UTRECHT, Netherlands -- A report claims United States troops in Iraq in 2003 fired ammunition containing depleted uranium at civilians and enemy soldiers.
The ammunition -- chemically toxic and noted for its armor-piercing capabilities -- is meant for use targeting tanks and armored vehicles, not people. A U.S. military directive, written to comply with international law, advises against using it on human targets.
The report by the Dutch group Pax, to be published later this week, says the directive was largely ignored by U.S. troops in Iraq; it includes coordinates where U.S. tanks and aircraft fired nearly 10,000 rounds of depleted uranium ammunition. Information on the coordinates has never been available prior to the report, despite requests from the Iraqi government and the United Nations.
The data show many rounds were fired in or near populated areas, and at least 1,500 rounds were specifically aimed at enemy troops.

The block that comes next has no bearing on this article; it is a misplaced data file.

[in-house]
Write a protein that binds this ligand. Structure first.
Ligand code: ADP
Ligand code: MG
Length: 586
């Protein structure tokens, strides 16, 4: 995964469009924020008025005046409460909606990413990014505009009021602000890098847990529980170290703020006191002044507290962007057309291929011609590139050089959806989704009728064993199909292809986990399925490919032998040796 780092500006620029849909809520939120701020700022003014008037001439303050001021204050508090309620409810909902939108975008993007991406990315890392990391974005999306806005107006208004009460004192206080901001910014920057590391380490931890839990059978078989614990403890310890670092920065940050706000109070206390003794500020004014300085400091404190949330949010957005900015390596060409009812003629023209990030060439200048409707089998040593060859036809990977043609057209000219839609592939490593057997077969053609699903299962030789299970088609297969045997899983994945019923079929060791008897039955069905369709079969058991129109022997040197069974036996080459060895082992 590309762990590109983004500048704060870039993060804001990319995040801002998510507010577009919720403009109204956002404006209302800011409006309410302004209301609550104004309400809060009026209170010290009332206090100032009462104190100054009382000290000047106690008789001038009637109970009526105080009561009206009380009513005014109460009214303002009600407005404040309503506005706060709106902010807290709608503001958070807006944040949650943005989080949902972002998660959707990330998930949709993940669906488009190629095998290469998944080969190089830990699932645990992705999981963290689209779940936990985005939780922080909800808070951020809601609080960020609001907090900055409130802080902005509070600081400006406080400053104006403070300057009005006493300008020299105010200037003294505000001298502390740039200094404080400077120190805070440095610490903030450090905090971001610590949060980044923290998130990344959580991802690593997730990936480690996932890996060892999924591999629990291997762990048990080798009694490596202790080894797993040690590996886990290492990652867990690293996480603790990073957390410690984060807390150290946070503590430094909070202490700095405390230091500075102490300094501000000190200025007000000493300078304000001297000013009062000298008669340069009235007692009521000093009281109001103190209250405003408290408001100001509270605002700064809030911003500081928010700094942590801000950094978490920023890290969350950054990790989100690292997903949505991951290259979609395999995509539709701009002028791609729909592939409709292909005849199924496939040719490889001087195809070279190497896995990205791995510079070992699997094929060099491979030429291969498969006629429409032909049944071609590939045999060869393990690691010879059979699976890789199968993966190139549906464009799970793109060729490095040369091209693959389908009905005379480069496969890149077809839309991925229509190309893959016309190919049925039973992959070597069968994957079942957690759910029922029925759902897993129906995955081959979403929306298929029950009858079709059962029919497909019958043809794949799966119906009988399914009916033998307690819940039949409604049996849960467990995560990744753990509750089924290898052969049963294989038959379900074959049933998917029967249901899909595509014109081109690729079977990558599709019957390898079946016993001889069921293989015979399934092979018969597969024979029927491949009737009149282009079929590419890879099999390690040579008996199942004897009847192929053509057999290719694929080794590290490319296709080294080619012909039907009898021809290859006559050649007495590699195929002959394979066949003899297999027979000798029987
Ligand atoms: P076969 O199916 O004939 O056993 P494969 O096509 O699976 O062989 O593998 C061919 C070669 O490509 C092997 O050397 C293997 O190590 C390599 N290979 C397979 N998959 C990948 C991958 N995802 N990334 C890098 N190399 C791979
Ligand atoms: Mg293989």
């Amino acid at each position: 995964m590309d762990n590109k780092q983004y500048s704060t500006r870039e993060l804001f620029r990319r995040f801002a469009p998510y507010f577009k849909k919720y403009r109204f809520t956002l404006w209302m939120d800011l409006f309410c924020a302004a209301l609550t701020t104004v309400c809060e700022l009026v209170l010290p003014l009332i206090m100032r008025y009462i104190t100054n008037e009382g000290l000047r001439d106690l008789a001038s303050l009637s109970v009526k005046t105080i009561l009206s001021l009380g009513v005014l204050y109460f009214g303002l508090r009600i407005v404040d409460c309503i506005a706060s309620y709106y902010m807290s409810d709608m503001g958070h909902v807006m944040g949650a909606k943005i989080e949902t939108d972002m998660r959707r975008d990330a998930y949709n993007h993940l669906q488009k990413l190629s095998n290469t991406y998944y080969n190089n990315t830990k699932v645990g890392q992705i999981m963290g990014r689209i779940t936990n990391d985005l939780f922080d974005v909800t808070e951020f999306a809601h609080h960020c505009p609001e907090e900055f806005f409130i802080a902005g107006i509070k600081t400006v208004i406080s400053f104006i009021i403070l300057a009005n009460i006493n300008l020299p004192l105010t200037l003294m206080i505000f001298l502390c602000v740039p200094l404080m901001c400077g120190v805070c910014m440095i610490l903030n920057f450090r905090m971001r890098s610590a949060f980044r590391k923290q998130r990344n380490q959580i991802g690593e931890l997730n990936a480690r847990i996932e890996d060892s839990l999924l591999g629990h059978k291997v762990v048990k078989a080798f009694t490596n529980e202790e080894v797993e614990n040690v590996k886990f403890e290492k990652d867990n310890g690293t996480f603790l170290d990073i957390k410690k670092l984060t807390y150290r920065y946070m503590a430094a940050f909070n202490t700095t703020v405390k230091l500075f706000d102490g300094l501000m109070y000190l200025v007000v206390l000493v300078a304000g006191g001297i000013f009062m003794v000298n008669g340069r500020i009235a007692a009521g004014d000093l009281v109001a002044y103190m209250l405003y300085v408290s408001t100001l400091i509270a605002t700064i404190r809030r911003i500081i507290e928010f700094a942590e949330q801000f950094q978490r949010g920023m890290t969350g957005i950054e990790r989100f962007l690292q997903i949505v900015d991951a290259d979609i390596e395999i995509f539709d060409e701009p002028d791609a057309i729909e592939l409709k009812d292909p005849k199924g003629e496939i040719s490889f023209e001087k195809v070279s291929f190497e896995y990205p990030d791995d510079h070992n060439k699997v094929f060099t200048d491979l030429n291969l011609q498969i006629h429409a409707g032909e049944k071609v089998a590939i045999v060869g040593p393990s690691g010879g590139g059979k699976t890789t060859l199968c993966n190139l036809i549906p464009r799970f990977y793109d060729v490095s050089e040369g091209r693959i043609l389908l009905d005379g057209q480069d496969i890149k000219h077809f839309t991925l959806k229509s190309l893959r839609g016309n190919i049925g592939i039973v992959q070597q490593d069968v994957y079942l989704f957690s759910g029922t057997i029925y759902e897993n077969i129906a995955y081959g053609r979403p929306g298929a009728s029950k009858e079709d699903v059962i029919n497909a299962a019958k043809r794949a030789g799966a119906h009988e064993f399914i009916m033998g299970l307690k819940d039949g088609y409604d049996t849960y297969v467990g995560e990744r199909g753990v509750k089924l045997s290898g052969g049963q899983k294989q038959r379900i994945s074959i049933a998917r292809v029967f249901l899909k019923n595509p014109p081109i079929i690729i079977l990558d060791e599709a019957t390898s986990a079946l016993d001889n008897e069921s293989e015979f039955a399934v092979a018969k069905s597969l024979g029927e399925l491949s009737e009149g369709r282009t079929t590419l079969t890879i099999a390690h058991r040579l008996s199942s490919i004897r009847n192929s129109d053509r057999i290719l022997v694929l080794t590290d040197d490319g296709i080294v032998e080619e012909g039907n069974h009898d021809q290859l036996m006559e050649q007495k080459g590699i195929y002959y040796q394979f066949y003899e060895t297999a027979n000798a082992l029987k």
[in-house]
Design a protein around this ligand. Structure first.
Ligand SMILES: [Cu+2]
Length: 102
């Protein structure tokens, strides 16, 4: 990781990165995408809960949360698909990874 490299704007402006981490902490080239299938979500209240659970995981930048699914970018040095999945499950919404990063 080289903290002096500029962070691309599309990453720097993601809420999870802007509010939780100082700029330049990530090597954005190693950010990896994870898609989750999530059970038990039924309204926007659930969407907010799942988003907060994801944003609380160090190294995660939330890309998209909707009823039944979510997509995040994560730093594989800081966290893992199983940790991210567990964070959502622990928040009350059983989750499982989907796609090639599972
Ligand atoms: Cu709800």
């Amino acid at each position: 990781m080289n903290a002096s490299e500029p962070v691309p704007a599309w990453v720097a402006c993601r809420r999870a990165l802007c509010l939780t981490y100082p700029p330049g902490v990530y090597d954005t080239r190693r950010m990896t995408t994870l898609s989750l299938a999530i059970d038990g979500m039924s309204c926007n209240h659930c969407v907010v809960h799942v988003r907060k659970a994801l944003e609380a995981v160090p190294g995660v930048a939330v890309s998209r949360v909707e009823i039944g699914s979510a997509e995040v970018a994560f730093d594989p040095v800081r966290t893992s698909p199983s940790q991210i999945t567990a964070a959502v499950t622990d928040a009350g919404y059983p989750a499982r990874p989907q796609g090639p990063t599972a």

Pax said at least 300 sites in Iraq were chemically contaminated by use of depleted uranium, and that an environmental clean-up will cost at least $30 million.
Wim Zwijnenburg, author of the report, said the U.S. Air Force was aware of the consequences of using the ammunition.
"The use of DU against these targets questions the adherence of coalition forces to their own principles and guidelines. They should be held accountable for the consequences," Zwijnenburg said.
The report cites a 1975 memo in which the U.S. Air Force Office of the Judge Advocate concluded depleted uranium ammunition could be used, but it contained restrictions on its use.
"Use of this munition solely against personnel is prohibited if alternative weapons are available," the memo said, noting legal reasons "related to the prohibitions against unnecessary suffering and poison". It added the ammunition "may cause fires which spread thereby causing potential risks of disproportionate injury to civilians or damage to civilian objects. Precautions to avoid or minimize such risks shall be taken in the use of this weapon or alternate available weapons should be used."